Developers typically get this package of stuff that defines what they need to build. And in a lot of cases, by the time they start building, the conversations at the top have changed, the business may have changed their mind, something has happened. And by the time those changes, get down to the developer, they’re essentially done developing. And so, if you take a more integrated approach and include the business and technology people, and you include the design or user experience, then they’re collectively thinking through these problems. You’re reducing the time that it takes for information to go from one group to the other to the other, and you’re jointly agreeing on what you’re doing and how you’re doing something, the translation layer is much more simplified.”
What are the barriers to implementation?
Succinctly put, Bermon notes that the biggest obstacles are “People and politics.”
He notes we’re typically not solving unique problems but that rather, “getting people to align and dealing with politics and ‘horse-trading’ requires a different mindset. “In super technical terms, whether it’s design or development, you’ve got to elevate those conversations at a business level, play the politics a little bit and try to drive those conversations to a better resolution and a shorter time frame. Otherwise, it just takes forever.”
Executive buy-in is critical. Bermon asserts that one of the biggest helps is have an executive champion, “Someone that sits on that leadership team, either at the C suite level or senior management level, that is taking up the banner and driving some of those political conversations. So that the product and the design and the technical teams can focus on doing the things that they’re good at. Otherwise, if you’re trying to manage up essentially, it’s very difficult and very slow.”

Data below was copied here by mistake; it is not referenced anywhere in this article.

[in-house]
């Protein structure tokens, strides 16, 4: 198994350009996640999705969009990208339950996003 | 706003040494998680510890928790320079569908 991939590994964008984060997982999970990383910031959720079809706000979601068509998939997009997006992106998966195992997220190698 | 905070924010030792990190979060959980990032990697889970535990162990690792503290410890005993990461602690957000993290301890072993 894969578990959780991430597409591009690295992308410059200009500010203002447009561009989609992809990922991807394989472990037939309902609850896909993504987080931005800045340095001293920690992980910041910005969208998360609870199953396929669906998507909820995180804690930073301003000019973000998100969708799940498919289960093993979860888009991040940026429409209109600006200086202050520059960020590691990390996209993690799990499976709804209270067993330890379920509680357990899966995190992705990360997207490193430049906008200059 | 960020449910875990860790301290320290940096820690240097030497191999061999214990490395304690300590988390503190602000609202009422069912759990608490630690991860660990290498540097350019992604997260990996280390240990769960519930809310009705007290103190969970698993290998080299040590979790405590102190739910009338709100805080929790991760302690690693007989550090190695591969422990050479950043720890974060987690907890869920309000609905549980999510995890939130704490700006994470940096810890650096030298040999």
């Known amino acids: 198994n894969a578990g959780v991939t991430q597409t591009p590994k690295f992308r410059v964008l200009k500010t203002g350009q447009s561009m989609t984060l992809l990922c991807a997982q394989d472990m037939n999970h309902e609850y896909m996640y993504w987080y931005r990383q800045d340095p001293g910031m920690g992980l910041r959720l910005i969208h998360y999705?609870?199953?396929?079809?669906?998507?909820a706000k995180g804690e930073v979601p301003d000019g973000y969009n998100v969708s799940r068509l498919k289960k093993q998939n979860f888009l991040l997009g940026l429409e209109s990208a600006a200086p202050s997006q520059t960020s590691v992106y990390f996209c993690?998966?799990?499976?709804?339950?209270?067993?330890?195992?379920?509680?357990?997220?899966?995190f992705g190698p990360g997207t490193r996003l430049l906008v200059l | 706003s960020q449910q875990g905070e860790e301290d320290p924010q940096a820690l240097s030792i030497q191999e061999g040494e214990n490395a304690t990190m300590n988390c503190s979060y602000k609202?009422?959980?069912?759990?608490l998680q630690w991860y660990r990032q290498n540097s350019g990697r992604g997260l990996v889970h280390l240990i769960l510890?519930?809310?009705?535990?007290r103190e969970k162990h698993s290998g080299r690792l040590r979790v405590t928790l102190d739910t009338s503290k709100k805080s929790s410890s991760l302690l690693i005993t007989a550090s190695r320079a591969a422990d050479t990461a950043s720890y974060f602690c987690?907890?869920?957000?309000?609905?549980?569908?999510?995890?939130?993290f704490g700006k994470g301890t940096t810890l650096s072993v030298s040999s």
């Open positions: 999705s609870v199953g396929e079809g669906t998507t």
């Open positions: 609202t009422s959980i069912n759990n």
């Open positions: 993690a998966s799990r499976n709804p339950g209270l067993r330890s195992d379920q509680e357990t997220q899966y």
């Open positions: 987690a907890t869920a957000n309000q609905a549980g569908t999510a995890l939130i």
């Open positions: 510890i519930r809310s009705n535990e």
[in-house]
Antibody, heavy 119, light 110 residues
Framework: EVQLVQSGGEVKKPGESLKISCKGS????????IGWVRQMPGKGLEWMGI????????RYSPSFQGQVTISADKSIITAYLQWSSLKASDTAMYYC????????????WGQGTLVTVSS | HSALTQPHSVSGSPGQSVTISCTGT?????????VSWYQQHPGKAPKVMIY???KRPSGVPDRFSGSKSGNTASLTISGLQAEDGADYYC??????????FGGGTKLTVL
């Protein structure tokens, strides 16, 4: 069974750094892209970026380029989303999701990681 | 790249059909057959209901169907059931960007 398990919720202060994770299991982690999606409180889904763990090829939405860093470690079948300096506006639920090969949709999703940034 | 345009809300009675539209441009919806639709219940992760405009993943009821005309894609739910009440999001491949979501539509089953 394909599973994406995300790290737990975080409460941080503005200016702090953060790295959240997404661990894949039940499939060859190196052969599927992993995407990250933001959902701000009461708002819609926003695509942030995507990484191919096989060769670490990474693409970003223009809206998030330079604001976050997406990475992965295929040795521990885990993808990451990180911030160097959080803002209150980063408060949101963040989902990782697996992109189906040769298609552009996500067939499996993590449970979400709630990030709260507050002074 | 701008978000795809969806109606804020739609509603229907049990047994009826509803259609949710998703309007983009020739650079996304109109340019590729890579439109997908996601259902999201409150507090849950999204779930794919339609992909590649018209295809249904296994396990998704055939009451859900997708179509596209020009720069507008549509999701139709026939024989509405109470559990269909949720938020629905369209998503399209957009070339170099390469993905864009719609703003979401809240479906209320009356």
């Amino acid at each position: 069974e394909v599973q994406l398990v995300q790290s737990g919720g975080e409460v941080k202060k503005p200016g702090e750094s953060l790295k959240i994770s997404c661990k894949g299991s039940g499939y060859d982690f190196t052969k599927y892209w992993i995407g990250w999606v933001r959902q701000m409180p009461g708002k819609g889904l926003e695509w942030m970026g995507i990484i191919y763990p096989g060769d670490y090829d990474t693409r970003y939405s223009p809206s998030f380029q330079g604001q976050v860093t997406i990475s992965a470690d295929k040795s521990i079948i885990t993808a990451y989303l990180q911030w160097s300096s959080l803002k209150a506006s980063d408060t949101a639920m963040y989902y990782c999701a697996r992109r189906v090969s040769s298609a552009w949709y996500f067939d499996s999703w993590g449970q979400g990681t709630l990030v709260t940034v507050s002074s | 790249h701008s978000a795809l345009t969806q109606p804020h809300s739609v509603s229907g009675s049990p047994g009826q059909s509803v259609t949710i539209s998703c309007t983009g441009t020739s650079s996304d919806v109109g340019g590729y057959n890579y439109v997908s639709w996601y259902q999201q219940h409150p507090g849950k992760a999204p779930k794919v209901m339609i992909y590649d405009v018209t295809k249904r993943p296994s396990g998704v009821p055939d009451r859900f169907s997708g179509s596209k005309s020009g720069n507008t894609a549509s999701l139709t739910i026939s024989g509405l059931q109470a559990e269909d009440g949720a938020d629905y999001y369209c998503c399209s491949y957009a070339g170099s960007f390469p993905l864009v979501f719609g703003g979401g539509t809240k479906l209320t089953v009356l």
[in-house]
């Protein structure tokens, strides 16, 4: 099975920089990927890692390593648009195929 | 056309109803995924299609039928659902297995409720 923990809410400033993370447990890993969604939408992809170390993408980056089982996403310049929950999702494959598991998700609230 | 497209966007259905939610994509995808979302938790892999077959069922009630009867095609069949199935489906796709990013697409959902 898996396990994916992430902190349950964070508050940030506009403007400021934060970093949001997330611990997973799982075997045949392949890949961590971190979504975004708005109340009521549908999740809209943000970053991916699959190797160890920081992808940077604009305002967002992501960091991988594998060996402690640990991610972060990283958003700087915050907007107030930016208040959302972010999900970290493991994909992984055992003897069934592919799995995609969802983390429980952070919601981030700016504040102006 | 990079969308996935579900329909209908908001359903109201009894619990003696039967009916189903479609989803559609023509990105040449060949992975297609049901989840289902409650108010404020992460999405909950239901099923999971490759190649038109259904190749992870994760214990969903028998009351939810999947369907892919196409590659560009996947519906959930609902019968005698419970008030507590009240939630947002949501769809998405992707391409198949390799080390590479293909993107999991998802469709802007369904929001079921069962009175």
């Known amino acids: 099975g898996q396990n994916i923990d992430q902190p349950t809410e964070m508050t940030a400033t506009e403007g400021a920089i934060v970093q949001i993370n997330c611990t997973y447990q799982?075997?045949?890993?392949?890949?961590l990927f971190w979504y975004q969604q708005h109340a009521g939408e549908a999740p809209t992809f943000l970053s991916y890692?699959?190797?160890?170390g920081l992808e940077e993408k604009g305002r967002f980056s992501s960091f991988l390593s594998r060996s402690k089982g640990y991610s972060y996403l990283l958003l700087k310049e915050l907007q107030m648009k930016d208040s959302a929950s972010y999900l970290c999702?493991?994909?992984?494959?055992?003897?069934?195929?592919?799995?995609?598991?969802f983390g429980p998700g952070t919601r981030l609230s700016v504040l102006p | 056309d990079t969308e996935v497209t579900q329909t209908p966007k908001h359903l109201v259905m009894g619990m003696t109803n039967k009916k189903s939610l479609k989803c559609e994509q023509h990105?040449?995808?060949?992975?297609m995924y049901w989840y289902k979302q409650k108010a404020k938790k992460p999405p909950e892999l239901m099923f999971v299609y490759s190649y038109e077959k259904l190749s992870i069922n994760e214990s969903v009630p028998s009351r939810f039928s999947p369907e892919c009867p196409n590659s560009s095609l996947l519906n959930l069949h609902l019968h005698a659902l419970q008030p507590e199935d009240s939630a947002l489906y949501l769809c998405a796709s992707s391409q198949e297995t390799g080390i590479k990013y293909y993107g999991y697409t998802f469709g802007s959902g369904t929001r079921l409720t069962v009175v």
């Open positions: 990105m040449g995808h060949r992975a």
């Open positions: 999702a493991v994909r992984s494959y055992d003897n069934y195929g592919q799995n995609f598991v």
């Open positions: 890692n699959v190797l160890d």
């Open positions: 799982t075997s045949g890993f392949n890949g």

What do companies need to consider?
Bermon concedes that conferences and events can give a skewed perception of implementing design thinking in that “it’s going to be very rare that you find something that’s a 100% fit. What I would suggest is that these talks are where you get a snapshot of an idea. All of these conference talks are essentially a snapshot of the lessons learned in some cases, and sort of a breakdown of the methods that we use. But if you try to follow it fairly closely to solve a problem that you have, it’s probably not going to work as well.”